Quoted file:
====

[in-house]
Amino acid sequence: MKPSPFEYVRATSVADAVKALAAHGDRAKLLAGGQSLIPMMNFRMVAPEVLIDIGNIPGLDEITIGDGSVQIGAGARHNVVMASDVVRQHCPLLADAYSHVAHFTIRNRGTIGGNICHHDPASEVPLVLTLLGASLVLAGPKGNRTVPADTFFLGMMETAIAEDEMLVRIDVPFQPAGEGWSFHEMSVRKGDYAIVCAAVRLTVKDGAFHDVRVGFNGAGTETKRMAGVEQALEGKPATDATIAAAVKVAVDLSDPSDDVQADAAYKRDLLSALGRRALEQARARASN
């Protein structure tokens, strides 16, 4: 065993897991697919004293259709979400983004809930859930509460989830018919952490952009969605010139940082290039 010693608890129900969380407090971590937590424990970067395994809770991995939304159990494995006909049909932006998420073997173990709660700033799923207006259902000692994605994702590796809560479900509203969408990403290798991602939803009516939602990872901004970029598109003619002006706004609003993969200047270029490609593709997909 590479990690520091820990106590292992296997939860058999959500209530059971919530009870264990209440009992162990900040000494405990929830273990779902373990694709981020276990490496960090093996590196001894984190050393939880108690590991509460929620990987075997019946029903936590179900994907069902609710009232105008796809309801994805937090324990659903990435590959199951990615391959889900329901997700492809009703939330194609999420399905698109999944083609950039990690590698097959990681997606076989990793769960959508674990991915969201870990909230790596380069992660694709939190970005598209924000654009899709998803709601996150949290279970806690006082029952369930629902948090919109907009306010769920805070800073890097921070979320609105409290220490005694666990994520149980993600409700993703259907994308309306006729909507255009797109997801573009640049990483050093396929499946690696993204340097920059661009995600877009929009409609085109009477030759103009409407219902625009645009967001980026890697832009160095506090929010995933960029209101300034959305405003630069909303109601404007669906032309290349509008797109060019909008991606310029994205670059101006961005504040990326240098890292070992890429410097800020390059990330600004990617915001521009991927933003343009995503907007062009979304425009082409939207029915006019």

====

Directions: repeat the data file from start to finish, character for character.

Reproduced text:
[in-house]
Amino acid sequence: MKPSPFEYVRATSVADAVKALAAHGDRAKLLAGGQSLIPMMNFRMVAPEVLIDIGNIPGLDEITIGDGSVQIGAGARHNVVMASDVVRQHCPLLADAYSHVAHFTIRNRGTIGGNICHHDPASEVPLVLTLLGASLVLAGPKGNRTVPADTFFLGMMETAIAEDEMLVRIDVPFQPAGEGWSFHEMSVRKGDYAIVCAAVRLTVKDGAFHDVRVGFNGAGTETKRMAGVEQALEGKPATDATIAAAVKVAVDLSDPSDDVQADAAYKRDLLSALGRRALEQARARASN
């Protein structure tokens, strides 16, 4: 065993897991697919004293259709979400983004809930859930509460989830018919952490952009969605010139940082290039 010693608890129900969380407090971590937590424990970067395994809770991995939304159990494995006909049909932006998420073997173990709660700033799923207006259902000692994605994702590796809560479900509203969408990403290798991602939803009516939602990872901004970029598109003619002006706004609003993969200047270029490609593709997909 590479990690520091820990106590292992296997939860058999959500209530059971919530009870264990209440009992162990900040000494405990929830273990779902373990694709981020276990490496960090093996590196001894984190050393939880108690590991509460929620990987075997019946029903936590179900994907069902609710009232105008796809309801994805937090324990659903990435590959199951990615391959889900329901997700492809009703939330194609999420399905698109999944083609950039990690590698097959990681997606076989990793769960959508674990991915969201870990909230790596380069992660694709939190970005598209924000654009899709998803709601996150949290279970806690006082029952369930629902948090919109907009306010769920805070800073890097921070979320609105409290220490005694666990994520149980993600409700993703259907994308309306006729909507255009797109997801573009640049990483050093396929499946690696993204340097920059661009995600877009929009409609085109009477030759103009409407219902625009645009967001980026890697832009160095506090929010995933960029209101300034959305405003630069909303109601404007669906032309290349509008797109060019909008991606310029994205670059101006961005504040990326240098890292070992890429410097800020390059990330600004990617915001521009991927933003343009995503907007062009979304425009082409939207029915006019």